Having spent years developing a museum-worthy collection of Americana, the Cowans didn’t have to worry about how to decorate a living room in their newly renovated aerie 15 floors above terra firma.
Shelley (a writer and communications strategist) and Wes (PBS star of History Detectives, frequent appraiser on Antiques Roadshow, and founder of Cowan’s Auctions) lived for many years with their two children in a 100-year-old Terrace Park home. Their renovations tripled its footprint and included a two-story addition and garage. Once the kids had grown up and moved on to their adult lives, the couple decided to downsize and fearlessly traded their suburban existence for the edgier lifestyle of the urban hi-rise.
And what an edge it is! A bank of 7½-foot windows runs the length of the condo and faces southwest. Windows also wrap around the southeastern side of the dining room. Walnut Hills, downtown Cincinnati, Columbia Parkway, Eden Park, the Ohio River and the banks of Kentucky splay out before your eyes. The view can’t be beat, but the condo needed a serious makeover before the Cowans could take up residence. The space was dated, having had only one owner in its 20-plus years. Shelley ticks off their four goals for the remodel: “We wanted to maximize the views of the river, we wanted to use every room every day, we wanted to create a contemporary space that would accommodate our collection of folk art and antiques, and we wanted a warm, homey environment.”
Wes grew up in Louisville, Kentucky in a house filled with Victorian antiques collected by his mother. His love of old things thus began at an early age. He became an antiques dealer to support his collecting habit, but before that he “collected” Bachelor’s and Master’s degrees as well as a Doctorate, all in anthropology. He and Shelley (who hails from Rochester, New York) have a keen interest in American folk art and their new home provides the backdrop for their idiosyncratic collection of Americana.
After rambling around in their large, old house filled with antique furnishings and art, the Cowans were excited by the challenge of scaling down and modernizing (the square footage of the condo is half that of their previous home and Shelley says they could half it again!).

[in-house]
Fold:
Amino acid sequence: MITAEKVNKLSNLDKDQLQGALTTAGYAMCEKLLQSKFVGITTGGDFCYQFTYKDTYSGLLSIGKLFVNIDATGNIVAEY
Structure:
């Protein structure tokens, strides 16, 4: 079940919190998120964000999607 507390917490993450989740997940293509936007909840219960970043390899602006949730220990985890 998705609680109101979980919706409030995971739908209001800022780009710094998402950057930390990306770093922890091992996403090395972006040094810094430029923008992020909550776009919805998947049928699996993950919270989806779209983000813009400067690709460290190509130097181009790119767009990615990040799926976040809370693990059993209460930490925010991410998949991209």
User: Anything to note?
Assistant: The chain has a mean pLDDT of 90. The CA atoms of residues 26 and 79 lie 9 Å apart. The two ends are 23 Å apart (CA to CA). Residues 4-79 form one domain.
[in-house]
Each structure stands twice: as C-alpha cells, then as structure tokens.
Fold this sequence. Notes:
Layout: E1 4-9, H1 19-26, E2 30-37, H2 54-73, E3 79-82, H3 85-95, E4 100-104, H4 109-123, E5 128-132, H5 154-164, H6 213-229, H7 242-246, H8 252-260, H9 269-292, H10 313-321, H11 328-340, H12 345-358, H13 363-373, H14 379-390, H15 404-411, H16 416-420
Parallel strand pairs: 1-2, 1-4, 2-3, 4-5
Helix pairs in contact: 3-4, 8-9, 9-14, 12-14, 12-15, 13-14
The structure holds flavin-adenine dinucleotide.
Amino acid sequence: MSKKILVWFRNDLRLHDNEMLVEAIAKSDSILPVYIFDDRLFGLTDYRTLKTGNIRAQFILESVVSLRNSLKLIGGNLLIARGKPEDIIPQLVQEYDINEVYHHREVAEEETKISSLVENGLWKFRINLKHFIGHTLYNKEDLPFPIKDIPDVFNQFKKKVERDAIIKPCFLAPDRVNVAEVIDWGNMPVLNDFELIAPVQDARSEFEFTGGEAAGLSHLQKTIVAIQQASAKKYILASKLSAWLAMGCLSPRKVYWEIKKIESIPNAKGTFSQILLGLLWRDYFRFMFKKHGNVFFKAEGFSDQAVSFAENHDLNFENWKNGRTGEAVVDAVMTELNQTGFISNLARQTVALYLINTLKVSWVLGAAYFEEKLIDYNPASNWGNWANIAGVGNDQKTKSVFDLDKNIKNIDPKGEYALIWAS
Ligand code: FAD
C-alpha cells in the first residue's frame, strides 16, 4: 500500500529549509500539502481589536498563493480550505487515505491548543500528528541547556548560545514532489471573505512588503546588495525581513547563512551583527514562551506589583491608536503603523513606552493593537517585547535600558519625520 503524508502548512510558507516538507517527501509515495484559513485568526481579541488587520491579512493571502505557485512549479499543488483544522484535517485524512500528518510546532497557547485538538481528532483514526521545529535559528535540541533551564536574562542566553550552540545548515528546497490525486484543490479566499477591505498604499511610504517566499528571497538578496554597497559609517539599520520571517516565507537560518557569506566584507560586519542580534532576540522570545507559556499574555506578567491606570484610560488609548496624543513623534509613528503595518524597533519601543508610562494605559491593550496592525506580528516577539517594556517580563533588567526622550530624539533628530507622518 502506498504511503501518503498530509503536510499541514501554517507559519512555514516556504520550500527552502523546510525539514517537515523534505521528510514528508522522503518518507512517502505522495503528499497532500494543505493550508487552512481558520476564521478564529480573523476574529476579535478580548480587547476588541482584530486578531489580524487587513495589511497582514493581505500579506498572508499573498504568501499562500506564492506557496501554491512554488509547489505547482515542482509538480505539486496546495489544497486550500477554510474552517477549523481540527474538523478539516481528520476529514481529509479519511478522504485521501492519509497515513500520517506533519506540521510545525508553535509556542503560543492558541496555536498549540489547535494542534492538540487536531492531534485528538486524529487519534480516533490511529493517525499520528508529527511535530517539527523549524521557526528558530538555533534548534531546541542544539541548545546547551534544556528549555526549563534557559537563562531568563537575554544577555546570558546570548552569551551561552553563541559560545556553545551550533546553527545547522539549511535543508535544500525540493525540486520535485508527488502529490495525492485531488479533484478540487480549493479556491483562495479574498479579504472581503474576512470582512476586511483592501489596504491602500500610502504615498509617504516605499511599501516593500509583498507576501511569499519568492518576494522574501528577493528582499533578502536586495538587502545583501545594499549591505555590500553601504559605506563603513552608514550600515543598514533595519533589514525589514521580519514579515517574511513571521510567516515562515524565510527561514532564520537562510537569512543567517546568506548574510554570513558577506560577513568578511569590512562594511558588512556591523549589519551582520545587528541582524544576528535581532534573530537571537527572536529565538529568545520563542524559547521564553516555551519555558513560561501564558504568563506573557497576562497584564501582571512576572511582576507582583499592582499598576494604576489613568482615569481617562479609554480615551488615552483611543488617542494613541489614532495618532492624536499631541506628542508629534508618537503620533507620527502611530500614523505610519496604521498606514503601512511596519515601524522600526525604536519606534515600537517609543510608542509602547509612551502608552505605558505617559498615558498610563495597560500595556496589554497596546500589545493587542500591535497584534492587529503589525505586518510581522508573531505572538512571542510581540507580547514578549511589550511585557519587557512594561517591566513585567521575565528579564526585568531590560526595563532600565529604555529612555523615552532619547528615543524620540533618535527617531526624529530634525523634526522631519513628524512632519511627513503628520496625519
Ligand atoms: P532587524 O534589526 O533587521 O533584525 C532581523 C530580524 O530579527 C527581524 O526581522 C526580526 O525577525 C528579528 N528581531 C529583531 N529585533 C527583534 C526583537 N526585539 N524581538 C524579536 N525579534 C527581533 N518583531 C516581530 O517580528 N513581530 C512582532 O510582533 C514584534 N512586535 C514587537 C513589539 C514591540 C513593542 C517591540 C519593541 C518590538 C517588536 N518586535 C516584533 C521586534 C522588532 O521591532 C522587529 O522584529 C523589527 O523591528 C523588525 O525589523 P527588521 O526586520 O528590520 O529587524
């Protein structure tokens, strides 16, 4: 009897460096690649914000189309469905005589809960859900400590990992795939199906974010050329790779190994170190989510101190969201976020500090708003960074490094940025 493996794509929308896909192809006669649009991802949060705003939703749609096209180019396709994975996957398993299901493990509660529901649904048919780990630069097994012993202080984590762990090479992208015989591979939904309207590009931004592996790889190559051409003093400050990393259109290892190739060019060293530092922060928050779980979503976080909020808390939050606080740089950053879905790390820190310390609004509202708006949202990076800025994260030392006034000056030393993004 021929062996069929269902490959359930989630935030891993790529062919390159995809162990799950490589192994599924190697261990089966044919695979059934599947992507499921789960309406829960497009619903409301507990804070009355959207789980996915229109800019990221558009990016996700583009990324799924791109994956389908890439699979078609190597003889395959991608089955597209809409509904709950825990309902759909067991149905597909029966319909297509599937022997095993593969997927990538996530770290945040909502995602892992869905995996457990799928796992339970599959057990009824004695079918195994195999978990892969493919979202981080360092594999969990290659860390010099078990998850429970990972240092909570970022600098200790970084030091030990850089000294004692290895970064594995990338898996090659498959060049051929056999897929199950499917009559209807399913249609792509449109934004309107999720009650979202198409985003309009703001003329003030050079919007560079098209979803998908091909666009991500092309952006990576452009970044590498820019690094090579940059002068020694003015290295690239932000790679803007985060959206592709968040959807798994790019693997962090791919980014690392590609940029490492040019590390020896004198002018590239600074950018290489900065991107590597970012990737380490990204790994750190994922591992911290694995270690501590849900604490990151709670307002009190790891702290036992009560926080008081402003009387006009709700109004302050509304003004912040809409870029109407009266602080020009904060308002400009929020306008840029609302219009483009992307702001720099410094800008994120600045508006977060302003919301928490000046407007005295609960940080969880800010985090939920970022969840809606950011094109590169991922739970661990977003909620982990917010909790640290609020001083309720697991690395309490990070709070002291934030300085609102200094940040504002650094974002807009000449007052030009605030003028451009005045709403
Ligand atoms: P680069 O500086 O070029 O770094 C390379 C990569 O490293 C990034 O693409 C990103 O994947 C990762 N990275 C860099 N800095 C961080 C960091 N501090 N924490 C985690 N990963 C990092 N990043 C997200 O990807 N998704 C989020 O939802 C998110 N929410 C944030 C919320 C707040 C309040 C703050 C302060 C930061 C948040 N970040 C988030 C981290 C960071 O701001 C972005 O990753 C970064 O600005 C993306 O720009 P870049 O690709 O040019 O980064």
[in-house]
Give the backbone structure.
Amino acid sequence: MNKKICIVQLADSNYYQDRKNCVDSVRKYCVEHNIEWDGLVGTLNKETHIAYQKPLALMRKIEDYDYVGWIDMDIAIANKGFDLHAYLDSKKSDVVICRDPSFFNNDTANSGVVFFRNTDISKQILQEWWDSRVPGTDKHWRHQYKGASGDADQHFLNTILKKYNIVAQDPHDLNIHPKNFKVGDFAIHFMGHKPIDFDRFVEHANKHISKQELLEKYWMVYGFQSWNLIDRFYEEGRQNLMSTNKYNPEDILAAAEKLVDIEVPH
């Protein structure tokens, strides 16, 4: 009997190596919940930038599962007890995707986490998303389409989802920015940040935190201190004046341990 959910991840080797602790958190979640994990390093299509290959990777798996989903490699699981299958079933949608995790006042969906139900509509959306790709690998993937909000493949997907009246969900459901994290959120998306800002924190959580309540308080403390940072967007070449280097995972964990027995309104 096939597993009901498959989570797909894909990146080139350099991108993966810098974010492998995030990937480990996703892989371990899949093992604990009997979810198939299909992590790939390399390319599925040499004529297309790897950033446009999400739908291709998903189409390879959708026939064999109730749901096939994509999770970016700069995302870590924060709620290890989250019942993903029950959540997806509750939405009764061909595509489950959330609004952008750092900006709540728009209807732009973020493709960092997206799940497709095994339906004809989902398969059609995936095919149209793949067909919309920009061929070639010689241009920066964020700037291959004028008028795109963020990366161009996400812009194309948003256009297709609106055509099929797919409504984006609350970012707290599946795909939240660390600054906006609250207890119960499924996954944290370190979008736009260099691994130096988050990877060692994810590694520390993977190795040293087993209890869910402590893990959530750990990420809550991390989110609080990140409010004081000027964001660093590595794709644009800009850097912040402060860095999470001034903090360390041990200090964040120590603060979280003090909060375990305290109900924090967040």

Wes jokes that they are living proof it can be done “for anxious empty-nesters afraid to do something radically new.” They speak highly of the collaborative efforts with architect John Isch, principal of RWA Architects, Inc. Isch reconfigured the cavernous common room into a cozier space, adding matching partitions to separate the living room from the dining room and den. These provide the Cowans with much coveted display space for their collection, while still providing large openings that don’t impede the visual flow from one area to another.
The partition that closes off the den for television watching includes transom windows and pocket doors that serve as sound barriers. The partitions also function as anchors to allow a variety of furniture groupings in the living room.
The collection of trade signs, pottery, blanket chests, furniture, paintings and photography is a fascinating panoply of historical artifacts.
Isch is most pleased with the aesthetic transformation the renovation has accomplished, particularly the sense of transparency that is achieved by the partitions that simultaneously delineate and tie together the space.
Wes mentions that pieces of their collection are regularly loaned out for museum exhibitions, and that the collection is always changing as new pieces are acquired and others sold.
Due to the array of legacy furniture and area rugs that the Cowans already owned, very few items were purchased for the living room.
Shelley notes that interior decorator Jane Meranus was instrumental in unifying the colors and textures of the interior.
The spare, modern bent of the architectural enhancements and the dreamy, coastal palette (browns of the beach and grays of the sky) emphasize the playful and colorful nature of the collection, creating a visually arresting contrast.
If how to decorate a living room in your home presents a challenge, think about collecting something you love and it won’t take long before you’ve got an interesting and curated look.